An intensive training regimen is linked to an increased risk of non-allergic asthma in competitive cross-country skiers, according to a study published in the open-access journal BMJ Open Sports and Exercise Medicine.
The prevalence of non-allergic asthma was highest among top-performing skiers, suggesting that it does not appear to hinder competitive chances.
Non-allergic asthma has been associated with respiratory tract infections, long-term exposure to irritants, and airway damage. It is relatively rare in childhood and early adulthood, becoming more common in old age.
Cross-country skiers are twice as likely to develop asthma as the general population, with symptoms typically beginning in early adolescence. Although the risk factors for allergic asthma are well known, those for the different types of non-allergic asthma are not as clearly defined.
The researchers wanted to assess the relative proportions of allergic and non-allergic asthma in competitive cross-country skiers compared to the general population. And they wanted to know what impact performance level and training intensity might have.
They invited all Finnish cross-country skiers who had entered either the national championships (from 17 years old) or the biggest national junior ski competition Hopeasompa (13-16 years old) to complete a questionnaire on the development of asthma.
Of a total of 1282 competitive skiers, 351 responded. They were matched by age, gender and geographic region with 338 people who were not cross-country skiers.
Current asthma was defined as experiencing at least one of the following: three asthma-related symptoms among cough, chest pain, shortness of breath, wheezing, or phlegm; active use of any asthma medication or an Asthma Control Test (ACT) score of less than 25 points indicating good asthma control.
Asthma was defined as allergic if the respondent had been diagnosed by a physician and exposure to furry animals or pollen caused asthma-related symptoms. Otherwise, asthma was defined as non-allergic.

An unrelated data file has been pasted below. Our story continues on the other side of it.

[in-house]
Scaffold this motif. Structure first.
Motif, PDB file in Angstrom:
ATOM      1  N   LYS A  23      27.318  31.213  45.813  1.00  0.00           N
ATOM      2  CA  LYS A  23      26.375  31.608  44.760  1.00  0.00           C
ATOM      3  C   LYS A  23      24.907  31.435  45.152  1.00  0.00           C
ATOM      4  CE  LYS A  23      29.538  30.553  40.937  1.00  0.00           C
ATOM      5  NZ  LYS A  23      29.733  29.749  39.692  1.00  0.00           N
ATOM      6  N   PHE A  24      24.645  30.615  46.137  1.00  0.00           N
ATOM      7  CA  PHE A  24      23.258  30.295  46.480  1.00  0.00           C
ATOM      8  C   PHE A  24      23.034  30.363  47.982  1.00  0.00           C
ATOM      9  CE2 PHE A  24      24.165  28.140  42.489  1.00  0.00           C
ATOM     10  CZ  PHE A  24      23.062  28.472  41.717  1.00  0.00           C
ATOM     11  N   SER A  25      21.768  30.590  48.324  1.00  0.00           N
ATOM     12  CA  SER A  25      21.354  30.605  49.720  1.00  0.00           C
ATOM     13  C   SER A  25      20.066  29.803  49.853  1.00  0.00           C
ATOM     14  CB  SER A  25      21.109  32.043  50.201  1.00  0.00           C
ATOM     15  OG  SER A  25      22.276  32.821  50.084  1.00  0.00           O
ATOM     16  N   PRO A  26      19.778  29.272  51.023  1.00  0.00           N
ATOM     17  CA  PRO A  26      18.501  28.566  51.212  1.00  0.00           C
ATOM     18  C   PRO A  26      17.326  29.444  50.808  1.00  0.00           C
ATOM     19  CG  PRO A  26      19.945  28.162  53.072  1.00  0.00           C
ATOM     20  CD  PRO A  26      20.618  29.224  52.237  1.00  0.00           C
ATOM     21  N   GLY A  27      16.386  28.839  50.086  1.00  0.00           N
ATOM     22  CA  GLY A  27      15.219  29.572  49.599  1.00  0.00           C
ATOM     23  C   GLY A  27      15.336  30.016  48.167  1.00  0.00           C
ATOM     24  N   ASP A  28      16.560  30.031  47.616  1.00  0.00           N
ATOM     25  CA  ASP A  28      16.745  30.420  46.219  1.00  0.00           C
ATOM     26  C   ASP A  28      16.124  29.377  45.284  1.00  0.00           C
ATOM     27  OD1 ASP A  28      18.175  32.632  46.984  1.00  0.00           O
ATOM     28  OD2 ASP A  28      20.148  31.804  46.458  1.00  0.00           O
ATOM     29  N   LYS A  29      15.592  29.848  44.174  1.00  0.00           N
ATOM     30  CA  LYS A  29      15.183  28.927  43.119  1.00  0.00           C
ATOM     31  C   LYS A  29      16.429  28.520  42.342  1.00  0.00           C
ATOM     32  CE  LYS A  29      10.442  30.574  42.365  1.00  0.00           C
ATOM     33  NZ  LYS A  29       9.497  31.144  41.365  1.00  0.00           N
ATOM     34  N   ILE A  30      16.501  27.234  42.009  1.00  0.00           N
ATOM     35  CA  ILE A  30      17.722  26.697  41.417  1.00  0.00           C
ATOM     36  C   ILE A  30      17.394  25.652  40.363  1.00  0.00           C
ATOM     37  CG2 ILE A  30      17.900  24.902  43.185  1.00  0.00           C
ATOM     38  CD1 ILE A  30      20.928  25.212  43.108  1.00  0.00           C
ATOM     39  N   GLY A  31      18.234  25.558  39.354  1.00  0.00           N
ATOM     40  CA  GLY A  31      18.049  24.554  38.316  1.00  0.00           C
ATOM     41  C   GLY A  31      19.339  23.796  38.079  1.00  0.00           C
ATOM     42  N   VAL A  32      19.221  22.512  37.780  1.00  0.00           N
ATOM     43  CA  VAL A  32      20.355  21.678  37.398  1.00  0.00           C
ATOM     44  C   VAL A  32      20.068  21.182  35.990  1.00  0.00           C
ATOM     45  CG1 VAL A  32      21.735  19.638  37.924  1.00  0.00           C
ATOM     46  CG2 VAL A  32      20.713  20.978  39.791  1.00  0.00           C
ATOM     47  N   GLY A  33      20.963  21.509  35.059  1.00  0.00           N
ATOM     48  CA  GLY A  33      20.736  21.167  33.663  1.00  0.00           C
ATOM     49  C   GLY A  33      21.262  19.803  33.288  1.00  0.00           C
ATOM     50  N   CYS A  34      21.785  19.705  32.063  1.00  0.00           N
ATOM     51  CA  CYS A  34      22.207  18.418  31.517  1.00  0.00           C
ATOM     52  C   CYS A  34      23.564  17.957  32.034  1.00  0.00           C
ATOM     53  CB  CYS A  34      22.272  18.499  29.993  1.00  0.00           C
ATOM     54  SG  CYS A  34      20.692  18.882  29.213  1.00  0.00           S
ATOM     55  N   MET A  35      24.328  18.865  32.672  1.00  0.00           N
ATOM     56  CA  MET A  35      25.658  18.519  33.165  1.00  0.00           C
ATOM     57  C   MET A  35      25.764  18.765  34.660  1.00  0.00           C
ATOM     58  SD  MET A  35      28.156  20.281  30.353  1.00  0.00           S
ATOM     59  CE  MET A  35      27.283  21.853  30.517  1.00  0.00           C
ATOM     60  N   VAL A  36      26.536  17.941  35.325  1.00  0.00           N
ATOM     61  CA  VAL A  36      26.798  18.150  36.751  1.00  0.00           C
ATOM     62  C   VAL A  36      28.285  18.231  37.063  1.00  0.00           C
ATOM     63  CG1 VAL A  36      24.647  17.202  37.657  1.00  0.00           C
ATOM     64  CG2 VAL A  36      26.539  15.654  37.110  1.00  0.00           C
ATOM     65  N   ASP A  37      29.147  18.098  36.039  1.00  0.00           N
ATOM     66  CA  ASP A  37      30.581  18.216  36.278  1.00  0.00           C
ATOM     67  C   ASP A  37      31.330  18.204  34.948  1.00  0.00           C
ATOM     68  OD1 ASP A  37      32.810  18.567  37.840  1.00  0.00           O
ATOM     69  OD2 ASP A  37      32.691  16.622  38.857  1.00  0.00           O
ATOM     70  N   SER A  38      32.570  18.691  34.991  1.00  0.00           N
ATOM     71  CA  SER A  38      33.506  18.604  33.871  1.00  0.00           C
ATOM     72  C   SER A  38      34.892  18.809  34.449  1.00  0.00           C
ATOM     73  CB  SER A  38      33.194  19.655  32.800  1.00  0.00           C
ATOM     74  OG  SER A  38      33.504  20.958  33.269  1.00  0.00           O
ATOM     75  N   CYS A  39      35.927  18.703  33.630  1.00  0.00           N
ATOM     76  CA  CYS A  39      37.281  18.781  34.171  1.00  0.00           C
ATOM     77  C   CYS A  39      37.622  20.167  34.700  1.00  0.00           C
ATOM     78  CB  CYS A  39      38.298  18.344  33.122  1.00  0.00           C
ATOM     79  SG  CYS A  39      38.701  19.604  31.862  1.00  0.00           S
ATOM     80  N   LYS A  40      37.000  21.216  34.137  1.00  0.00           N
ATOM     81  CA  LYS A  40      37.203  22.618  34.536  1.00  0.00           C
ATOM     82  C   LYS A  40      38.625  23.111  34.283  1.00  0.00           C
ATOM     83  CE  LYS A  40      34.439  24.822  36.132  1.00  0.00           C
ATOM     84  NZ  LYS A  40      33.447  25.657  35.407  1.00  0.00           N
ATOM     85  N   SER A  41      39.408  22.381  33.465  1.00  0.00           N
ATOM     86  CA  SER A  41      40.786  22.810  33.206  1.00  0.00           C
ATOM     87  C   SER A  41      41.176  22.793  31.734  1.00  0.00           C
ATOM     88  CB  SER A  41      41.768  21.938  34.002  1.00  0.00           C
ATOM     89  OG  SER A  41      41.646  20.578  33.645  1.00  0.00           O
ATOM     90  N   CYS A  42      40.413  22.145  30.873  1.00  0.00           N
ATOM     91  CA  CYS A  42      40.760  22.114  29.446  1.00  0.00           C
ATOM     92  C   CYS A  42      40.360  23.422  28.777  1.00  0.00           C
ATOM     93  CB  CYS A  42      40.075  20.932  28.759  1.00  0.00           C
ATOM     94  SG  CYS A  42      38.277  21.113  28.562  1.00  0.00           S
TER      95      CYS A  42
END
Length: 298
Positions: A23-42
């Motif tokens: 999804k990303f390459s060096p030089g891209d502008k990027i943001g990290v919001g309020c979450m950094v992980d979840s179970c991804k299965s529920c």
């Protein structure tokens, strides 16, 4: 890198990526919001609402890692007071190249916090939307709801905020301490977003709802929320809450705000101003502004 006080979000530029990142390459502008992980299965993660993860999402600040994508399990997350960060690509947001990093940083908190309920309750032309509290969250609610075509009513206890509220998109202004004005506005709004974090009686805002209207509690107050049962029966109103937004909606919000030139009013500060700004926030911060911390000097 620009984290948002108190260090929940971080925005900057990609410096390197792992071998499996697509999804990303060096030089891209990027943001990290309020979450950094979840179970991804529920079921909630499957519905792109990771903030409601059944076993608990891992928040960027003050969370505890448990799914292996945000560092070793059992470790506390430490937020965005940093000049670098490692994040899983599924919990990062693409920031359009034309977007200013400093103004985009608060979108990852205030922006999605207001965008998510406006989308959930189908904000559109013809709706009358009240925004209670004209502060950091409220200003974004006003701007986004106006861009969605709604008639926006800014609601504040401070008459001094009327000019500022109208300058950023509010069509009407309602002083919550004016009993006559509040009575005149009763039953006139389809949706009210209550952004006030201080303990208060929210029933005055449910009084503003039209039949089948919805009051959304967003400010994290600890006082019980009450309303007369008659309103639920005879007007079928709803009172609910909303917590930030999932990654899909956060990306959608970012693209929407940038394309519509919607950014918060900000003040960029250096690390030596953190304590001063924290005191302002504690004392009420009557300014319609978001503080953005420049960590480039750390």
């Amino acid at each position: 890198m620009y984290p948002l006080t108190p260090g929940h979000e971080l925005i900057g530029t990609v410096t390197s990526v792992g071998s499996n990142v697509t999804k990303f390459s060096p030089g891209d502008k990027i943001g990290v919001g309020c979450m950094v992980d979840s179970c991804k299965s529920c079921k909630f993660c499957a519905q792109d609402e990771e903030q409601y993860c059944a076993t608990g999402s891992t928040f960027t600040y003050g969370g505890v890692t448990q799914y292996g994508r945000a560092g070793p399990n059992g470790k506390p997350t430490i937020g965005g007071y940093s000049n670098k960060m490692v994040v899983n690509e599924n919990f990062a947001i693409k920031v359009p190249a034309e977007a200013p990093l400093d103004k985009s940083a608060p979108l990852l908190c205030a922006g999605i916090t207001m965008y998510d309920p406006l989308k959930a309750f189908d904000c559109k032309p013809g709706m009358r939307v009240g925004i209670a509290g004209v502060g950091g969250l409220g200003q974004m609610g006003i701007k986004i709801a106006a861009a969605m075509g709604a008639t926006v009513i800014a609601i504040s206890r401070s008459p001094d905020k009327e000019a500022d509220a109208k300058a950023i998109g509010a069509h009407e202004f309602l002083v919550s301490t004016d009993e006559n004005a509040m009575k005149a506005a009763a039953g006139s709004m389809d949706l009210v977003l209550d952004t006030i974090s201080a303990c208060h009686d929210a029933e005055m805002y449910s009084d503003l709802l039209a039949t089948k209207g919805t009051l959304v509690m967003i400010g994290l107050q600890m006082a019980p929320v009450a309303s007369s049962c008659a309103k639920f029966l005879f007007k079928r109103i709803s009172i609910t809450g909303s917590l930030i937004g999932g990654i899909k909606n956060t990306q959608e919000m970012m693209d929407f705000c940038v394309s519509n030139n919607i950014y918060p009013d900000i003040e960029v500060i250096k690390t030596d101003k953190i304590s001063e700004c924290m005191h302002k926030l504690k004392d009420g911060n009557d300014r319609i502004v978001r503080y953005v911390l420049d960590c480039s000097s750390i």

The success of the skiers was evaluated according to the number of International Ski Federation (FIS) points accumulated for the 2018-19 season in effect at the time of the study. The fewer FIS points the skier obtains, the better his performance.
Some 189 of the skiers had been diagnosed or tested for asthma, and 91 had current symptoms. This compares to 69 of the non-skiers, 31 of whom had current symptoms. More skiers used medication to control their asthma: 123 versus 39.
About a third (36) of the 91 skiers with current asthma symptoms had allergic asthma, compared with 19 of the 31 non-skiers. But more than half of skiers (55) with current symptoms had non-allergic asthma, compared with 12 of non-skiers.
The difference in the prevalence of non-allergic asthma between the two groups was significant (60% vs. 39%), from the age of 14 years. No such difference was observed in the prevalence of allergic asthma between the two groups.
Cross-country skiers were almost 3.5 times more likely to have asthma, almost twice as likely to have allergic asthma, but more than 5 times more likely to have non-allergic asthma than non- skiers.
In both groups, parental or sibling asthma and allergic rhinitis were strongly associated with current asthma. But sporting success and training hours also had an influence.
A total of 163 (46%+) skiers participated in FIS competitions. Asthmatic skiers had fewer FIS points than non-asthmatic skiers: 173.22 versus 213.65.
And among the most successful skiers, those with the fewest FIS points, the prevalence of asthma was the highest (56%) with 65% of them non-allergic. This group was also the oldest and most trained.
Training for 100 hours or more each year was associated with a 35% higher risk of non-allergic asthma compared to an 18% higher risk of allergic asthma.
This is an observational study, and as such cannot establish cause. And despite being the largest survey of cross-country skiers of its kind, response rates have been relatively low, the researchers acknowledge.
Much of the information provided was also based on recall and subjective assessment of symptoms.
But: “Before starting their skiing career, there was no difference in the prevalence of asthma between cross-country skiers and [comparison group]and the [comparison group] mainly suffered from allergic asthma,” they point out.
“We conclude that the excess prevalence of asthma in competitive cross-country skiers compared to that of the general population is mainly due to the onset of non-allergic asthma a few years after the start of a skiing career. asset.”
And they explain: “Current findings suggest that intensive cold air training is the trigger for excess non-allergic asthma in skiers.
“This relationship between heavy training and non-allergic asthma may be related to airway damage caused by cold air, as airway damage has been suggested as one of the risk factors for asthma. not allergic.”
Allergic diseases increase the risk of asthma in adulthood
High training volume is associated with an increased prevalence of non-allergic asthma in competitive cross-country skiers, BMJ Open Sports and Exercise Medicine (2022). DOI: 10.1136/bmjsem-2022-001315
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